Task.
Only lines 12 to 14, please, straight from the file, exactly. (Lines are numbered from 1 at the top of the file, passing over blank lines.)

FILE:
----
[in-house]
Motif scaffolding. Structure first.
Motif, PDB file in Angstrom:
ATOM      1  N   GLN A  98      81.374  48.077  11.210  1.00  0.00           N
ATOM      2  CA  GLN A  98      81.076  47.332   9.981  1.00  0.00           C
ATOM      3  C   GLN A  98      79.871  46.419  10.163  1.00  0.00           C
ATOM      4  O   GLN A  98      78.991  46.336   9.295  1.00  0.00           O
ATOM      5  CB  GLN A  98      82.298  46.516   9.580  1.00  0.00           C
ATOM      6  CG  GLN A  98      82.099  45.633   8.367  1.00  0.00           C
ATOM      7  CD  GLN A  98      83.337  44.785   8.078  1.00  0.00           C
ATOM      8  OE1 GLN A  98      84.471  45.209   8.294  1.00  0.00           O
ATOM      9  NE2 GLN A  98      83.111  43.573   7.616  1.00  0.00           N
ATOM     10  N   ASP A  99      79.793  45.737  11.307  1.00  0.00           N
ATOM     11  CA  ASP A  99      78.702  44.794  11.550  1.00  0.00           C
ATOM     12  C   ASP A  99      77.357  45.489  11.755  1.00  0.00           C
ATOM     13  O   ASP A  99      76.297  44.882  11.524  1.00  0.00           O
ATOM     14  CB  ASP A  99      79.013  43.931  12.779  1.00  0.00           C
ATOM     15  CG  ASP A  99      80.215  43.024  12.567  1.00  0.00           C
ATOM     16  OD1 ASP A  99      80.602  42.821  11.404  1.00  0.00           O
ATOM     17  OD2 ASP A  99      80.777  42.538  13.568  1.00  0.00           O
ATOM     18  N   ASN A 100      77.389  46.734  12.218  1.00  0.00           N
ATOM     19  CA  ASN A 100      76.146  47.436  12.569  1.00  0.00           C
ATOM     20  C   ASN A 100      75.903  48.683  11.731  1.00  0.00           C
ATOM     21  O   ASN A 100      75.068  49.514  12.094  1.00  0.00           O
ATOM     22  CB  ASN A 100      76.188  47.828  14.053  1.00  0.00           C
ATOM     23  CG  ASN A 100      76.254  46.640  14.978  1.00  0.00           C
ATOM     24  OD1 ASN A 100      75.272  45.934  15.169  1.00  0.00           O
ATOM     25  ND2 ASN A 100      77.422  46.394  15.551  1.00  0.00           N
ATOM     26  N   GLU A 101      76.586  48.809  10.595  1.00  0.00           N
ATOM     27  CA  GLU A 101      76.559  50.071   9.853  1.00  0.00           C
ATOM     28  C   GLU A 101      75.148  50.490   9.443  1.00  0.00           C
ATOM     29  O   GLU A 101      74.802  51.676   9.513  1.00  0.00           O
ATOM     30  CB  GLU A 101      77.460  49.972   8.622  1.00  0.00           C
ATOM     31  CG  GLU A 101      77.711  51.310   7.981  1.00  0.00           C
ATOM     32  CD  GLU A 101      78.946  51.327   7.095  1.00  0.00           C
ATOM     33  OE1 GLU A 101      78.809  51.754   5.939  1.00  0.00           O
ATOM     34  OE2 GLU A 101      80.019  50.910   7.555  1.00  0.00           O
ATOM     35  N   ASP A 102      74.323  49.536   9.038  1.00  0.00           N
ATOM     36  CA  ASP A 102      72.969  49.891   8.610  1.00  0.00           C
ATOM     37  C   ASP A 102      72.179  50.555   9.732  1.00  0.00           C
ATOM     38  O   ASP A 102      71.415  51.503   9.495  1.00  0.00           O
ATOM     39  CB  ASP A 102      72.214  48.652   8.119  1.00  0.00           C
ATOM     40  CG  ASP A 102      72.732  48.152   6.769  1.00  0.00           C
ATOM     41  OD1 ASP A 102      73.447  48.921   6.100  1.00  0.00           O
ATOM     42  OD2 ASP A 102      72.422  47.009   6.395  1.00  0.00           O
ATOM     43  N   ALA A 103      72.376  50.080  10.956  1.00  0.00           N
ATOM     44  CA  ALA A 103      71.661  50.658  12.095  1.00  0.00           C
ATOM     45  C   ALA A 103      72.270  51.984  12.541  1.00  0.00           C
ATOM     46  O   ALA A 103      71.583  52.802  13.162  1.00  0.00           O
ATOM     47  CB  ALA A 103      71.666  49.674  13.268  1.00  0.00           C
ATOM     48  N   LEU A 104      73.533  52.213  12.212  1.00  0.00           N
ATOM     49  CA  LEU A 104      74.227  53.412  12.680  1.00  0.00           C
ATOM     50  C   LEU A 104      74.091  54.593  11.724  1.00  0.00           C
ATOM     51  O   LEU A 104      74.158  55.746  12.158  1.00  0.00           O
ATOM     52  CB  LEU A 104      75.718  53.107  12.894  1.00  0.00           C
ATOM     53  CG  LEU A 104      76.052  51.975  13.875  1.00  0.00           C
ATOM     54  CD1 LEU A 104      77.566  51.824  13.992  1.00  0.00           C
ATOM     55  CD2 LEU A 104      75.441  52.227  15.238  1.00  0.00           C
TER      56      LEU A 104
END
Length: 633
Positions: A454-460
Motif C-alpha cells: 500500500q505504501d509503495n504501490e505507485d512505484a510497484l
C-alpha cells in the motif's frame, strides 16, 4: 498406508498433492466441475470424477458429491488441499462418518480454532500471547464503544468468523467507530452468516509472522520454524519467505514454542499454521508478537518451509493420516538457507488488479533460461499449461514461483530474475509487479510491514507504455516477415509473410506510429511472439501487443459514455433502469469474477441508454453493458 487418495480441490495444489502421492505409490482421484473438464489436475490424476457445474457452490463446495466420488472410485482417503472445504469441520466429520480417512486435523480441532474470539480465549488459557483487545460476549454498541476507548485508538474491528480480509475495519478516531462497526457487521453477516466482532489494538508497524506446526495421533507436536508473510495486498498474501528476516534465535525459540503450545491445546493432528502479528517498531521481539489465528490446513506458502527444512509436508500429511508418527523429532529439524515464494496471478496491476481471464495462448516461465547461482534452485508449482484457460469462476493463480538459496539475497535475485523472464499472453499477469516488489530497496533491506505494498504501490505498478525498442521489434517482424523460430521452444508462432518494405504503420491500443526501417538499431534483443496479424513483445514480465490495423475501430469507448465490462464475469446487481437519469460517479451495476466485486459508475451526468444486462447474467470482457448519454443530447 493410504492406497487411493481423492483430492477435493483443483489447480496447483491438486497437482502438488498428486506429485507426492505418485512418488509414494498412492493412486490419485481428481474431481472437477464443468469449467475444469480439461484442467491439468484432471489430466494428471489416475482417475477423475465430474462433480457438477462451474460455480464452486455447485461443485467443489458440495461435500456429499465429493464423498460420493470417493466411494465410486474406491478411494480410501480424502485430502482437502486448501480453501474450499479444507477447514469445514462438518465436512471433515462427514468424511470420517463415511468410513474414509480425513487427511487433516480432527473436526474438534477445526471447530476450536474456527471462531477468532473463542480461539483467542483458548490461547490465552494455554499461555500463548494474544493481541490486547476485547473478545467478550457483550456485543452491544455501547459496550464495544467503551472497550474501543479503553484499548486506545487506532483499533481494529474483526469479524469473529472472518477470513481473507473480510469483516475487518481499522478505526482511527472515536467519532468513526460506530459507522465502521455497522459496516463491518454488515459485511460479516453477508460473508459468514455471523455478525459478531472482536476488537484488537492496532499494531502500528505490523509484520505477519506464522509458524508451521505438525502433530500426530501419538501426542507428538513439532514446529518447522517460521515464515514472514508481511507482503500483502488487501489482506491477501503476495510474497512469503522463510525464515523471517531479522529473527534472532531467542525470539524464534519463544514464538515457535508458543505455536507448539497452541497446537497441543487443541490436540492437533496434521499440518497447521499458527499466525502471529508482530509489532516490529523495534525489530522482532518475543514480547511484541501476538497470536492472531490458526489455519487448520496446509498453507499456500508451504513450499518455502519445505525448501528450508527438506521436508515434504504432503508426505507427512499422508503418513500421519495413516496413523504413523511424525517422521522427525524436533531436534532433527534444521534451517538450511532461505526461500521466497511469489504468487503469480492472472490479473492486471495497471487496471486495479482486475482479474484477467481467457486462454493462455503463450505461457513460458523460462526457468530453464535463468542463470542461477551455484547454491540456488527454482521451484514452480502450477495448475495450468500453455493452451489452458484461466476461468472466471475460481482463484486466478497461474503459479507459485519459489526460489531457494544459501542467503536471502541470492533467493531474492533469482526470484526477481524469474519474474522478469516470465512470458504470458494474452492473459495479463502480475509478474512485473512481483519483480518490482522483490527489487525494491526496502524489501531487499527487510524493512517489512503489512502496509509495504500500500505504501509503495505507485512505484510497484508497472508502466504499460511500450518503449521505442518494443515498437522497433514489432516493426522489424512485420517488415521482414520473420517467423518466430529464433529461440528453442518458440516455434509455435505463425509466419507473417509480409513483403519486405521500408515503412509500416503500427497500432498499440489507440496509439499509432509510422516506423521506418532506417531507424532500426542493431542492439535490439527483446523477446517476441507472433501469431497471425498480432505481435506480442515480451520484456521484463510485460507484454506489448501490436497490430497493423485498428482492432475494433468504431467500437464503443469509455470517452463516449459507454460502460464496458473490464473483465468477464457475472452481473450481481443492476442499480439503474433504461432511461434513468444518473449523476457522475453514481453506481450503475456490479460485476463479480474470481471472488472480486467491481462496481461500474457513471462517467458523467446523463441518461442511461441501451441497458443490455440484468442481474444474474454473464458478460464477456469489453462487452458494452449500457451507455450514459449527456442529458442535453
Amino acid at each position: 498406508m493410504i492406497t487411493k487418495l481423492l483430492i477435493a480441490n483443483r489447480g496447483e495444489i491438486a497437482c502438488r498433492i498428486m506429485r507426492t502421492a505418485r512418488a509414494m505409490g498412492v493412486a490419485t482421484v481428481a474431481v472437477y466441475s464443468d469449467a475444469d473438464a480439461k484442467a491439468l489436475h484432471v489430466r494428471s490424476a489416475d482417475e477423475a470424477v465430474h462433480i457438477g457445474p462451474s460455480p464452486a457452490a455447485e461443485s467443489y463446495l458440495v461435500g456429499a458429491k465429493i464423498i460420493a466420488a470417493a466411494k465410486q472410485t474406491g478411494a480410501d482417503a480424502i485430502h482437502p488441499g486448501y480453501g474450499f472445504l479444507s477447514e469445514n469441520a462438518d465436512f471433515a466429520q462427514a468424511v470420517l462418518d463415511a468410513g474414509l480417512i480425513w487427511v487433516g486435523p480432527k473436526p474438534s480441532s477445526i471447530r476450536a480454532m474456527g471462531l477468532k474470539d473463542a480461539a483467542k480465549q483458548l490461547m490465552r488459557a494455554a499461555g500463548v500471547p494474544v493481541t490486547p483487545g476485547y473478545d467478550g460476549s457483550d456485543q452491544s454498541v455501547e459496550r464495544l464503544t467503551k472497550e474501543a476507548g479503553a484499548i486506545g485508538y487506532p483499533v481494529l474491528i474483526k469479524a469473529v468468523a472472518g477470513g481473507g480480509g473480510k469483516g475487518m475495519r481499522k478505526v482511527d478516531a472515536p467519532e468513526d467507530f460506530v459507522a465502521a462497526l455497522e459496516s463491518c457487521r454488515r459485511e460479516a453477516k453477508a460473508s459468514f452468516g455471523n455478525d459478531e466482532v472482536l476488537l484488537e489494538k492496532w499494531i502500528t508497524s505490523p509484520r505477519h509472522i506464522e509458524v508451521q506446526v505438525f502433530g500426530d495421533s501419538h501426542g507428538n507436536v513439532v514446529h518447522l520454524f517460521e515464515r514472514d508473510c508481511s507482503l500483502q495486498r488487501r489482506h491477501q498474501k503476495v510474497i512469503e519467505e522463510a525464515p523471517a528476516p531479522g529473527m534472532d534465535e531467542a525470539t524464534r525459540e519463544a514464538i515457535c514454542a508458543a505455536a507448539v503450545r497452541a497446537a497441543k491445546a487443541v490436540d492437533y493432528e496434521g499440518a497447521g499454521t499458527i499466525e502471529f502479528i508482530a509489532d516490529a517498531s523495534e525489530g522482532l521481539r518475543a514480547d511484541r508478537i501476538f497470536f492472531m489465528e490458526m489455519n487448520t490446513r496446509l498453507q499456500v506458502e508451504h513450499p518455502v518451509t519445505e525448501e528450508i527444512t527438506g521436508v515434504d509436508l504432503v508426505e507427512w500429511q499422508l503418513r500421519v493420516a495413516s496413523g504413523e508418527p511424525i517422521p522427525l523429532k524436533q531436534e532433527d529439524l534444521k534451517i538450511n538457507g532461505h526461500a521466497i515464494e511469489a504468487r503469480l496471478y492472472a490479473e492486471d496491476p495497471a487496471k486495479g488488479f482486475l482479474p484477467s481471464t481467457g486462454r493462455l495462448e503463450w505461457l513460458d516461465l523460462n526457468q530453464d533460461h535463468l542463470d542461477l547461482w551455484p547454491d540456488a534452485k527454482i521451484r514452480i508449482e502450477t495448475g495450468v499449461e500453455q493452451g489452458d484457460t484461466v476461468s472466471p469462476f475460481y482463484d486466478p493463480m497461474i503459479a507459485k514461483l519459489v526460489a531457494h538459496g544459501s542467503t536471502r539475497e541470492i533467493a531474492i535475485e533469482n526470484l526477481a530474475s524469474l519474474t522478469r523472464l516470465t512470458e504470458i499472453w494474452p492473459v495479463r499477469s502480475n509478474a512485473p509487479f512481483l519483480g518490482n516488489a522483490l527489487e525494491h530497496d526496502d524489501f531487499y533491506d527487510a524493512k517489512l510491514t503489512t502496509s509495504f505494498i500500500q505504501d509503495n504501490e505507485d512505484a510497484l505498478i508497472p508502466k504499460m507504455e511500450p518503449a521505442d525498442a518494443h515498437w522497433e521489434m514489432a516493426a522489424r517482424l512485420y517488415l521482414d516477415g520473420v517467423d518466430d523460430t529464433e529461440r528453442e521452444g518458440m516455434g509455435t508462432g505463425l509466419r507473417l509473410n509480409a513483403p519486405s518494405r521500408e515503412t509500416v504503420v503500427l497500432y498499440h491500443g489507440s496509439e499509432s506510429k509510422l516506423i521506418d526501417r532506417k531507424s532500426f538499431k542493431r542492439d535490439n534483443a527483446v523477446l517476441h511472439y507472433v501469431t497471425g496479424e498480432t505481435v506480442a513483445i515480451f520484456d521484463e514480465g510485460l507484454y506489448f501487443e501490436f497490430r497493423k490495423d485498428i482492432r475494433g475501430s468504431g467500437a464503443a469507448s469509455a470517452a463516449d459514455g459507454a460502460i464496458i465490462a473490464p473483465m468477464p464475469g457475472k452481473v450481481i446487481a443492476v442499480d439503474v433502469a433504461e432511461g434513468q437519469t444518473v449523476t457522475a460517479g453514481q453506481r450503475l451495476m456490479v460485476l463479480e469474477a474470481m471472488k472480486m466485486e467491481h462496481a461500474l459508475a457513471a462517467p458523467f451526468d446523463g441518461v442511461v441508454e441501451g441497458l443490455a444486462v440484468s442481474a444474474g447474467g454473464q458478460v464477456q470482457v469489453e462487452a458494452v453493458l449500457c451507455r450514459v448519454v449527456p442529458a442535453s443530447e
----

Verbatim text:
ATOM      9  NE2 GLN A  98      83.111  43.573   7.616  1.00  0.00           N
ATOM     10  N   ASP A  99      79.793  45.737  11.307  1.00  0.00           N
ATOM     11  CA  ASP A  99      78.702  44.794  11.550  1.00  0.00           C